- June 2013
- May 2013
- April 2013
- March 2013
- February 2013
- January 2013
- December 2012
- November 2012
- October 2012
- September 2012
- August 2012
- July 2012
- June 2012
- May 2012
- April 2012
- March 2012
- February 2012
- January 2012
- December 2011
- November 2011
- October 2011
- September 2011
- August 2011
- July 2011
- June 2011
- May 2011
- April 2011
- March 2011
- February 2011
- January 2011
- December 2010
- November 2010
- October 2010
- September 2010
- August 2010
- July 2010
- June 2010
- May 2010
- April 2010
- March 2010
- February 2010
- January 2010
- December 2009
- November 2009
- March 2009
- October 2006
- July 2002
America's Leading Gay News Source
D.C. radio hosts suspended for segment on trans college athlete
LGBT advocates have sharply criticized two local sports talk radio hosts who used transphobic references to describe a transgender college basketball player.
Andy Pollin introduced a former Washington Post reporter’s article on Gabrielle Ludwig, who plays on the women’s basketball team at Mission College in Santa Clara, Calif., that USA Today published on Dec. 5 at the start of a Thursday segment of “The Sports Reporters” on ESPN 980. Co-host Steve Czaban suggested Ludwig could “be a Russian chick” before he cackled and suggested one can become eligible to play basketball at the junior college if they “lose testicles.”
Pollin further questioned whether the Bay Area school should have allowed Ludwig to join the team because of her age before he once again highlighted her gender identity and expression.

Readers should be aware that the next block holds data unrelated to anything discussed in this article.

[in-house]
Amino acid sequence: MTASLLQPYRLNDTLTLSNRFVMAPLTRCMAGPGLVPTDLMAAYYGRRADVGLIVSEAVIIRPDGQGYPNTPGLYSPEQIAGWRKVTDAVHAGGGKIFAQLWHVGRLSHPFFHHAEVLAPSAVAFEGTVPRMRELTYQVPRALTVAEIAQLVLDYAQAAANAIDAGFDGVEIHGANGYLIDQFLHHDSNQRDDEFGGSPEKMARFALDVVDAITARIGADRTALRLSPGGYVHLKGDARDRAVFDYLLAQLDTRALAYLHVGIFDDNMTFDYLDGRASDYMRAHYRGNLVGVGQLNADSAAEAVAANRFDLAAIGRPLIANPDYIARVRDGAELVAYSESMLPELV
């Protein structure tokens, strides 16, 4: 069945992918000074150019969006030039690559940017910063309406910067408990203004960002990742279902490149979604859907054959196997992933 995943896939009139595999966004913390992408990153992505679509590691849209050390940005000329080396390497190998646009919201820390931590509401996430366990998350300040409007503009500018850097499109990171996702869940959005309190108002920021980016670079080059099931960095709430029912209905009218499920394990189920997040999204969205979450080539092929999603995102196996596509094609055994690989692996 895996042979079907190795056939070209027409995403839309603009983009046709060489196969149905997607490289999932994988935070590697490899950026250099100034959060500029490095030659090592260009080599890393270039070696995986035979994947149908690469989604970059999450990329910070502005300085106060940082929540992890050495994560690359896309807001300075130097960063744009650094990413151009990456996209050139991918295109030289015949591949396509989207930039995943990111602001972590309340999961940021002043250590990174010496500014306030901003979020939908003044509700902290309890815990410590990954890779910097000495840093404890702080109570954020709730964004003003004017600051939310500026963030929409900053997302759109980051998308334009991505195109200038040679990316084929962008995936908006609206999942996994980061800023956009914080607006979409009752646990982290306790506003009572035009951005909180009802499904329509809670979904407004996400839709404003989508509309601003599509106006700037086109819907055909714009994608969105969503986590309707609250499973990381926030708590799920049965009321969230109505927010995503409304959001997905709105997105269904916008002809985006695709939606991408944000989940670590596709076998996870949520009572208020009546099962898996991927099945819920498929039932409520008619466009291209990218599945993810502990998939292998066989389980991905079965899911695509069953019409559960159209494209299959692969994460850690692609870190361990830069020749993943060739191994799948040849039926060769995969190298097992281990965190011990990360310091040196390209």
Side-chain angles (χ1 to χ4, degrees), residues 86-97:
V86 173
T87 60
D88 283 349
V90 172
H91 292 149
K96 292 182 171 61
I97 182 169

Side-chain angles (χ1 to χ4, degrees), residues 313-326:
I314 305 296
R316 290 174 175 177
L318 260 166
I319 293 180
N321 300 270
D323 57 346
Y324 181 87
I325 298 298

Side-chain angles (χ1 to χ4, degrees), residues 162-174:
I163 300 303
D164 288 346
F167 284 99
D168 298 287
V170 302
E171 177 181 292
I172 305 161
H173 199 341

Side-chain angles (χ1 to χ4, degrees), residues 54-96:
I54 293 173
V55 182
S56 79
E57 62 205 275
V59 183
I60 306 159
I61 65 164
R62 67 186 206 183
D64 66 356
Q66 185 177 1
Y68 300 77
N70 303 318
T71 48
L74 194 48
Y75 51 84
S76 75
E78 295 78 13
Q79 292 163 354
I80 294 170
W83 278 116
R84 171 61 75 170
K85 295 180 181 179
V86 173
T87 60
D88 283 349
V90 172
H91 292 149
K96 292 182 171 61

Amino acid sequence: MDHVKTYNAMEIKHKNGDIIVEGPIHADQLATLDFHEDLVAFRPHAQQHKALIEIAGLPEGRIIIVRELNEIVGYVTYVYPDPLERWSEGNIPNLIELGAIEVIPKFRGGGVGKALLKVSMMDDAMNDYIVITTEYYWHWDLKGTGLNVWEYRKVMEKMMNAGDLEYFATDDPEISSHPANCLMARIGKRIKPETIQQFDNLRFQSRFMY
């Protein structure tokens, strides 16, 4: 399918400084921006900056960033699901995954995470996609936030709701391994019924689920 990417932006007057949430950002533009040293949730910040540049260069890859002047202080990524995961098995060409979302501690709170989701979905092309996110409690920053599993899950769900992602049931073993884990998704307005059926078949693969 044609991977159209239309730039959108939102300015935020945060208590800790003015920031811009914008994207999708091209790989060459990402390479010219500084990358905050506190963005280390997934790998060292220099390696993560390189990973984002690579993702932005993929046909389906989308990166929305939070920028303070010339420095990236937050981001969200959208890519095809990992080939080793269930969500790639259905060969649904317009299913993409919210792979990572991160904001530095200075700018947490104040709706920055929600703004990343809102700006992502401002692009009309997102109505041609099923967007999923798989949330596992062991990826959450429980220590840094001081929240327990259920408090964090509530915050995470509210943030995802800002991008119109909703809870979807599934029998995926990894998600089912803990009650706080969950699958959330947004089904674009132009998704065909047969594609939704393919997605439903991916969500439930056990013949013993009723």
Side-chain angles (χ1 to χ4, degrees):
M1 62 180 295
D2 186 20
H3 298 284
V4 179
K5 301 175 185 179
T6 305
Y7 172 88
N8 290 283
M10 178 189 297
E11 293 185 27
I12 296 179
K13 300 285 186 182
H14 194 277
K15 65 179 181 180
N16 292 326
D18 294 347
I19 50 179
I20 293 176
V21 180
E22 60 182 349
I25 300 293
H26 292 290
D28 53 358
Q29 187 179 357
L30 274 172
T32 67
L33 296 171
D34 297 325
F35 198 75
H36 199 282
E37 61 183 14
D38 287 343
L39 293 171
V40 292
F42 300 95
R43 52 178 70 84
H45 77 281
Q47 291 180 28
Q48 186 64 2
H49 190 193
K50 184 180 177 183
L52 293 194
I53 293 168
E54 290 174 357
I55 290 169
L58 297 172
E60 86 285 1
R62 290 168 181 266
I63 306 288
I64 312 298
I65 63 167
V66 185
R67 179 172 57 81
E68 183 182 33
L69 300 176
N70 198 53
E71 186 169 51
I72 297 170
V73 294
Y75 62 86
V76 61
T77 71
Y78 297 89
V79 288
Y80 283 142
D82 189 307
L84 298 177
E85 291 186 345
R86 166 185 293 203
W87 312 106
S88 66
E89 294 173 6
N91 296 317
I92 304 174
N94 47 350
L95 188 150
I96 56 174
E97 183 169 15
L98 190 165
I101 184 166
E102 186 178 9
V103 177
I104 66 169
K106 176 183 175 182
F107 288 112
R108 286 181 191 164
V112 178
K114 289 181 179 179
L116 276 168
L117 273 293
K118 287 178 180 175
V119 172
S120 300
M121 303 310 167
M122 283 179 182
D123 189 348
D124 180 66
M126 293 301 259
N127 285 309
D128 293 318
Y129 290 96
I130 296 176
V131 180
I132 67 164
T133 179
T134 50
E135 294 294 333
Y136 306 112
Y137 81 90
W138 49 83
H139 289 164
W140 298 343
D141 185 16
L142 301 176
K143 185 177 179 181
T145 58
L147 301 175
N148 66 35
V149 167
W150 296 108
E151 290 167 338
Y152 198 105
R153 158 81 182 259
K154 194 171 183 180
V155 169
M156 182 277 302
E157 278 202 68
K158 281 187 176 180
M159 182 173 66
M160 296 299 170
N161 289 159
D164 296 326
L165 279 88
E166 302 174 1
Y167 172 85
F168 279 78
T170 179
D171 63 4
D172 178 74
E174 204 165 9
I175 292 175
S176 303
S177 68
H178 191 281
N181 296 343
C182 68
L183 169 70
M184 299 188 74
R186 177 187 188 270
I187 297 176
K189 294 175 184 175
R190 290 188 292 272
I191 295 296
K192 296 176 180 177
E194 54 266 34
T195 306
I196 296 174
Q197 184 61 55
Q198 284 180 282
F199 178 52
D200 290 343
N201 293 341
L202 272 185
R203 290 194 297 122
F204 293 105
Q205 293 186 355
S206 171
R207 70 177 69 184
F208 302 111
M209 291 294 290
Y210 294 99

“Whatever you go to do to scratch that inner itch or quell those inner demons, that’s fine, but don’t go playing sports then and don’t go playing sports saying, ‘But I’ve got the rights of everyone else,’” Pollin said. “Yeah, you’ve got the rights to live as a human being with other people respecting you and everything else, but athletics is different. And a man’s body and a man’s DNA is different than a woman’s. That’s why we have separate leagues for separate genders.”
A voice then said “Just like a woman,” before Pollin again questioned whether Mission College should have allowed Ludwig to play on their women’s basketball team.
“The net net is she, she/he has had a lot of problems in his/her life,” Czaban said.
Pollin added ‘it’ is the “politically correct term” to which to refer to Ludwig.
“Whatever it is and this basketball is helping him/her to transform his/her life into a better life, such as it is,” Czaban said at the end of the segment to which the Washington Blade has linked.
Ludwig responded to the segment during an interview Outsports.com, an LGBT-themed sports website, published earlier on Tuesday.
“These two people in Washington, D.C., just tore my life apart, and they don’t even know me,” she said. “They did it in respect to how I look, how I’m built, the tattoos on my body. They took great pride in humiliating me in the national public. I don’t know if I’m supposed to cry or scream or beat them up. It’s affecting my sleep, it’s affecting my confidence.”
Pollin and Czaban made a brief on-air apology during their Monday show after the Gay and Lesbian Alliance Against Defamation reached out to the station.